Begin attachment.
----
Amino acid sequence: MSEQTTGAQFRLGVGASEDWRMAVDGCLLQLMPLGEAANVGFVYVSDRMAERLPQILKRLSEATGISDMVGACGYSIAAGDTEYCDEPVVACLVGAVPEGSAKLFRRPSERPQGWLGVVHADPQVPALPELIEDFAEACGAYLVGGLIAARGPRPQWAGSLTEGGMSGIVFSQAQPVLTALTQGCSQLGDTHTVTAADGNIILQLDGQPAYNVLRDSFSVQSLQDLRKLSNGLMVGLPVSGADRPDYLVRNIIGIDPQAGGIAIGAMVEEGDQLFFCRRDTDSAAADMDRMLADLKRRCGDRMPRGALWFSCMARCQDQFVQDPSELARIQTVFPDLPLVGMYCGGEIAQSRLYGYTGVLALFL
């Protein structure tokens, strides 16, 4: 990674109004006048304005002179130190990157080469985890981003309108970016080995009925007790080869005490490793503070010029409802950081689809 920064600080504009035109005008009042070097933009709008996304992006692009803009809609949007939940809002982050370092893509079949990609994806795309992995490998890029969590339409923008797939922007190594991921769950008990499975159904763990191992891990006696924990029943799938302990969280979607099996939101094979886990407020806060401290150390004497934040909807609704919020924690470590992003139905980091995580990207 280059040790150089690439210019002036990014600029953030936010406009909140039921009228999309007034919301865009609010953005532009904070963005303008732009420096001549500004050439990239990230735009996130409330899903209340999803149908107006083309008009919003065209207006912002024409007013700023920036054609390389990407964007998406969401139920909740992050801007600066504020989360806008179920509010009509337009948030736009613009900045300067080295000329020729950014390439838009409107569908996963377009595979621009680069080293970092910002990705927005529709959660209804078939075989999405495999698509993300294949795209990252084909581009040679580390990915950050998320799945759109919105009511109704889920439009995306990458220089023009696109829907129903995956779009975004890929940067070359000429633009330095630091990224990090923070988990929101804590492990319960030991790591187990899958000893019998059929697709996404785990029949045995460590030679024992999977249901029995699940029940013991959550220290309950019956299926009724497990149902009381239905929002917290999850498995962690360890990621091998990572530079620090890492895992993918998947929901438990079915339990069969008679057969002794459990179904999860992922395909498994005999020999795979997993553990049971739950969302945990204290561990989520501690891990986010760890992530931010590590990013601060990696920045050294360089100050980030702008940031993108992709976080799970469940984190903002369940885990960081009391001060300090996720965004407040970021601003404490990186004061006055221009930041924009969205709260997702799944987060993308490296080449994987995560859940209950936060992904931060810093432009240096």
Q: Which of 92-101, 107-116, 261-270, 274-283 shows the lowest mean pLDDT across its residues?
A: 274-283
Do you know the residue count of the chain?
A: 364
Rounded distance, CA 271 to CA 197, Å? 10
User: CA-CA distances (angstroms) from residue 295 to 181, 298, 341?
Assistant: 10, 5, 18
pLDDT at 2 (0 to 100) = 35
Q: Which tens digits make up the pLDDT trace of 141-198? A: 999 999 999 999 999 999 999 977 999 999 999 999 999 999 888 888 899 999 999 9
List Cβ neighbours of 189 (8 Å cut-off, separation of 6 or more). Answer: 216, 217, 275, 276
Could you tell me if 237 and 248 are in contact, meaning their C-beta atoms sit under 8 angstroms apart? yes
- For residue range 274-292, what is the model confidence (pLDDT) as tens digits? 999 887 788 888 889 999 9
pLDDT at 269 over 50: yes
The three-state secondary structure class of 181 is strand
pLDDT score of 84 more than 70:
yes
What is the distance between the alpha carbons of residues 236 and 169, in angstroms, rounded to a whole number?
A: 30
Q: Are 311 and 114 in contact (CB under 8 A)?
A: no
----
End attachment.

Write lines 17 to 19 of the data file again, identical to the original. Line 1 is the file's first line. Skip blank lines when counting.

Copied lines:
pLDDT score of 84 more than 70:
yes
What is the distance between the alpha carbons of residues 236 and 169, in angstroms, rounded to a whole number?